Understanding the past - where we have come from and what has moulded us - is important everywhere, and nowhere more so than in Northern Ireland's largest city. For 250 years Belfast, though quite unlike anywhere else in Ireland, was similar to many of the other great industrial cities of the United Kingdom. It embraced the industrial revolution wholeheartedly, and witnessed enormous economic success and expansion as a result. In its heyday it was a great port, a powerhouse of linen manufacturing, ship-building, and engineering, and a truly dominant force in the northern Irish economy. As the iconic shell of RMS Titanic was taking shape high above her Queen's Island birthplace, Edwardian Belfast was near the peak of her economic might. But within the city there developed patterns of community division and conflict - based on religion - which in their severity and seeming permanence have rendered it quite unique among the cities of the British Isles.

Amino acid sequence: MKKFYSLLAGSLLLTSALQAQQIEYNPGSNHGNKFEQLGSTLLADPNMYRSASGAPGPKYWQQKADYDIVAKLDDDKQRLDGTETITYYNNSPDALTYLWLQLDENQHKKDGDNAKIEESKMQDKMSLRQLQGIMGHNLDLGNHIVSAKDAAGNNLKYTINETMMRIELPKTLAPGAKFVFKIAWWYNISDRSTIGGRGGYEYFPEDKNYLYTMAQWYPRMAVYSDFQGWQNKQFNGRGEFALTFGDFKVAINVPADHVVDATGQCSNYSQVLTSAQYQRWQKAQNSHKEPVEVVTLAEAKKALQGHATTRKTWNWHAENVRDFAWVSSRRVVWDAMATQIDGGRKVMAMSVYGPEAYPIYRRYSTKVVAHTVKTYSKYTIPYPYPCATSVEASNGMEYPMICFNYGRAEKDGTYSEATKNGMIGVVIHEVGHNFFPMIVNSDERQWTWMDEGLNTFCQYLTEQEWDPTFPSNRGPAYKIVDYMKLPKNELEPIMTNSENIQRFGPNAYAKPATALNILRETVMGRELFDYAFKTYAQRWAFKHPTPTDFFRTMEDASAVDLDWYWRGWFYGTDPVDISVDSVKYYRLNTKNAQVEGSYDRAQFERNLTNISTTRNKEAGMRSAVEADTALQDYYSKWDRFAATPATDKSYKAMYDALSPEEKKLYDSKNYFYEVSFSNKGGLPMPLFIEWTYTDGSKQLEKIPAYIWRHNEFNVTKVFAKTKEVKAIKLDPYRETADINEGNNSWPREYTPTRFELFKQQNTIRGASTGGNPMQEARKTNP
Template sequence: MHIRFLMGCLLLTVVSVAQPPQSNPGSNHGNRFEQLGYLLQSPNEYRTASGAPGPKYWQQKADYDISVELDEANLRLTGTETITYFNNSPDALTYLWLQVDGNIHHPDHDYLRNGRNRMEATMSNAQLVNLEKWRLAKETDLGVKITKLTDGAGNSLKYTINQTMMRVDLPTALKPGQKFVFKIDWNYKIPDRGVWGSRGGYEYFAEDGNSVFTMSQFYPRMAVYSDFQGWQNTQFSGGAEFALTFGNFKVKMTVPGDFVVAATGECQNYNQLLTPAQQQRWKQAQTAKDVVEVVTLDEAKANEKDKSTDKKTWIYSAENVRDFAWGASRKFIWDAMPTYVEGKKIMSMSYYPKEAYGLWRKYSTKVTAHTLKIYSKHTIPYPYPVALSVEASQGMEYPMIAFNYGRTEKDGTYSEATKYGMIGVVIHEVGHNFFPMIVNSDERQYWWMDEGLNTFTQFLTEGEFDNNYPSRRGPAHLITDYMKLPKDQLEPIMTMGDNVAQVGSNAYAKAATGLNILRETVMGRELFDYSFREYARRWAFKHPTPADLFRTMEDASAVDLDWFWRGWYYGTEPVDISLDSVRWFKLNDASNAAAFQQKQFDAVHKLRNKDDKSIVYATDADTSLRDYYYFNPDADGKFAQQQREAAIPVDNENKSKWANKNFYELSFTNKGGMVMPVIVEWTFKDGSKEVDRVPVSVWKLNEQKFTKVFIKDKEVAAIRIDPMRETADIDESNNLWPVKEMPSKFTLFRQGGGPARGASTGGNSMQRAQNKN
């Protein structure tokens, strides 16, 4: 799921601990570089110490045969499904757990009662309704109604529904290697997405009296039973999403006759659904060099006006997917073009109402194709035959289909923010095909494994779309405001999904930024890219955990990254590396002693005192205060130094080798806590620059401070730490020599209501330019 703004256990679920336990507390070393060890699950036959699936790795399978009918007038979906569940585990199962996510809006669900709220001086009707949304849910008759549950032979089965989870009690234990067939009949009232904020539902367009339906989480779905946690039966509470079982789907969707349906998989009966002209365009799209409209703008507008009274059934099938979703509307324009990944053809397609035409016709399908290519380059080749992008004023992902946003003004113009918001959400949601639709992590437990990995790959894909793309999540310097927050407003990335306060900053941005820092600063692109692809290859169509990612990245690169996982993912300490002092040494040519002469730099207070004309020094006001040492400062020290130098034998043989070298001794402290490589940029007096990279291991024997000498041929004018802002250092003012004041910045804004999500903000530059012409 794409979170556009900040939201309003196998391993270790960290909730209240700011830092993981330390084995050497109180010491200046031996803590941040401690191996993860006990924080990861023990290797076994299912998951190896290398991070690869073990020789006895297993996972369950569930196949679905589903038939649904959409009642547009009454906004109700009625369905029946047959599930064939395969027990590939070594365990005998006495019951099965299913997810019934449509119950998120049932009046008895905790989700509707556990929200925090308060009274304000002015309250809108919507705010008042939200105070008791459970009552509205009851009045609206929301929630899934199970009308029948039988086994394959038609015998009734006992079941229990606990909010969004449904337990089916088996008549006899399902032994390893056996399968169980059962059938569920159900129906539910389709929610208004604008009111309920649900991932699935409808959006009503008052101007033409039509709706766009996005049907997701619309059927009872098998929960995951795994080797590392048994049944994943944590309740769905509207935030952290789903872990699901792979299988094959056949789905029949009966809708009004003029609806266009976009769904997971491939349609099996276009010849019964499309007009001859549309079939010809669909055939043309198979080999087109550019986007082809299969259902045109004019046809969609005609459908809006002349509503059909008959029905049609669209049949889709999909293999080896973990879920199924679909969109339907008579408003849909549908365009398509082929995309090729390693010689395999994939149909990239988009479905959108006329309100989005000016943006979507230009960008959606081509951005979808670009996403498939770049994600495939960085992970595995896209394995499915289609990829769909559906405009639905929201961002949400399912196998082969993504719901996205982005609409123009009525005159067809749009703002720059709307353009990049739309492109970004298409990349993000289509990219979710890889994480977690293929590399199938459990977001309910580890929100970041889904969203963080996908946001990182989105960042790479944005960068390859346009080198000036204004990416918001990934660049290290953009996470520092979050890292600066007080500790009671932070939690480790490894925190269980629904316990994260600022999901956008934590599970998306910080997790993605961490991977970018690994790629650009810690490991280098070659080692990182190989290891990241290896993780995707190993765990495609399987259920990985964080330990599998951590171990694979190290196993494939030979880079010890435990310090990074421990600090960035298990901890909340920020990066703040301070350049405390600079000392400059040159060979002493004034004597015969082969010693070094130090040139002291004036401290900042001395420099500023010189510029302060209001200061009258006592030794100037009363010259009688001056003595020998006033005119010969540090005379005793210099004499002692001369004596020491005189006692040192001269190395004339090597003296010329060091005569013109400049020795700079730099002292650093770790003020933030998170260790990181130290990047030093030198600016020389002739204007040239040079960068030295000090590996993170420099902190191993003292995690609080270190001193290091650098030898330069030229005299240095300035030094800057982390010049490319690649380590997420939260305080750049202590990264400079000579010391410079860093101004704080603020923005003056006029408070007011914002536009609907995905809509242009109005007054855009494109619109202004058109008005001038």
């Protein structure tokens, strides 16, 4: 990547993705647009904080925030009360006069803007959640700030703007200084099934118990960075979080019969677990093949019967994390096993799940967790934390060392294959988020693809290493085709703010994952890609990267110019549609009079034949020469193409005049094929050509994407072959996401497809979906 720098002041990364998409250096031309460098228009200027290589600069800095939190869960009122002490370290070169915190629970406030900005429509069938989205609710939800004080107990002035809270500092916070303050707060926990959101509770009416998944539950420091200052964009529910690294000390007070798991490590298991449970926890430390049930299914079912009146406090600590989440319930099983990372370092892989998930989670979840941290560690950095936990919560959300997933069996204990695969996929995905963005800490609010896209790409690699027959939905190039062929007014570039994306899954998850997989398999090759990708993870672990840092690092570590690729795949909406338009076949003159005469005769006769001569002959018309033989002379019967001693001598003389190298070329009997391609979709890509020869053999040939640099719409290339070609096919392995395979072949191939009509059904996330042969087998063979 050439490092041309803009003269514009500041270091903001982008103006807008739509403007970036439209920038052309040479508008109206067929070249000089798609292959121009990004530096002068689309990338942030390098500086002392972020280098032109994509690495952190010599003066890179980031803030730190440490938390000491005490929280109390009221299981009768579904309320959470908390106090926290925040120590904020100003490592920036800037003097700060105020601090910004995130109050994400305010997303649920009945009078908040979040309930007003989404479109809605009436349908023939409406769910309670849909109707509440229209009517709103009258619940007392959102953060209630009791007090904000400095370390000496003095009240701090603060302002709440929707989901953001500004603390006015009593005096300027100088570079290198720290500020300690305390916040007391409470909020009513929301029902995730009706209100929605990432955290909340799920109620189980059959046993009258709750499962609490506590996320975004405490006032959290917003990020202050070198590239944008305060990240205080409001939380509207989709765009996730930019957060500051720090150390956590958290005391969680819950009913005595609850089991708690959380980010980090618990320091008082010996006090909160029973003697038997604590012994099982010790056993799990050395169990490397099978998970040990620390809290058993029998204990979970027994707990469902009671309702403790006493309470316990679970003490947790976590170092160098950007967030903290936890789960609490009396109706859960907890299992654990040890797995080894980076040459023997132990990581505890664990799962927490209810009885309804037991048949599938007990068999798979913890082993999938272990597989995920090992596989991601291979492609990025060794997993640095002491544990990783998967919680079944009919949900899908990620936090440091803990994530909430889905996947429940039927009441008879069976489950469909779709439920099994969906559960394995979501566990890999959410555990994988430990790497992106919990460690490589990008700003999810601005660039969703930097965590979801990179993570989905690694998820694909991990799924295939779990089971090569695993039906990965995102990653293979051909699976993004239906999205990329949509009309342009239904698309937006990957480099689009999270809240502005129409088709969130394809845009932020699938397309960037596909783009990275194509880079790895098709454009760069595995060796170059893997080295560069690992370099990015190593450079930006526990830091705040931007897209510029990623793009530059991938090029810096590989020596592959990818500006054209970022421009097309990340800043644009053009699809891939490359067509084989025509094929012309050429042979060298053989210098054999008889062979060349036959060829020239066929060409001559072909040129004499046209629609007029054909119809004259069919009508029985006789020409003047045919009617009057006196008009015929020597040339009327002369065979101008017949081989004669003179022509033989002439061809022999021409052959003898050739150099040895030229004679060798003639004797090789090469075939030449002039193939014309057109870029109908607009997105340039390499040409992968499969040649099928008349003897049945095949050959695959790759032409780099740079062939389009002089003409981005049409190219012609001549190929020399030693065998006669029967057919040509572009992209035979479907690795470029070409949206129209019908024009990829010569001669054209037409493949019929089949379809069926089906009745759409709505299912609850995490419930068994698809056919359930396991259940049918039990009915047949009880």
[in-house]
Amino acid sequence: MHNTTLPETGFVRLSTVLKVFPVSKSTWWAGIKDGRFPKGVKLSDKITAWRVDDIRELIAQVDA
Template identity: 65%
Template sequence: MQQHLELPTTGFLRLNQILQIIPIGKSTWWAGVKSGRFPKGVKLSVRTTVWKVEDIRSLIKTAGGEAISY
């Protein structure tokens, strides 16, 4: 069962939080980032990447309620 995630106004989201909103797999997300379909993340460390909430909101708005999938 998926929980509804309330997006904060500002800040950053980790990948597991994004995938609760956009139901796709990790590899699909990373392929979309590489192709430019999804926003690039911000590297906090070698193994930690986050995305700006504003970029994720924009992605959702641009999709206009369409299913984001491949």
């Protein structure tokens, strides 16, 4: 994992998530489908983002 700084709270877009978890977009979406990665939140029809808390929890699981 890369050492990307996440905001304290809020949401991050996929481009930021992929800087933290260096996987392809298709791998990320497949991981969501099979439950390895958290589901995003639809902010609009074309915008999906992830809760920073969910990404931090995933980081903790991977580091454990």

From the seventeenth-century Ulster plantations to Catholic migration from elsewhere in Ireland, the particular mix of people in Belfast has always been different from everywhere else and has fundamentally shaped the city's identity and history over successive centuries. Much of the industry has now gone, and for many years the city had to struggle with the pain of adjustment, at the same time as it was being scarred by a generation of the Troubles. Now, with a hard-won peace, investment and renewed hope, it is an excellent time to stand back and make a new assessment of the history that has brought Belfast to where it is today. Historian William Maguire, who has lived in Belfast for most of his life, succeeds here in painting an accurate, authentic and above all a balanced picture of the city, its events and its people.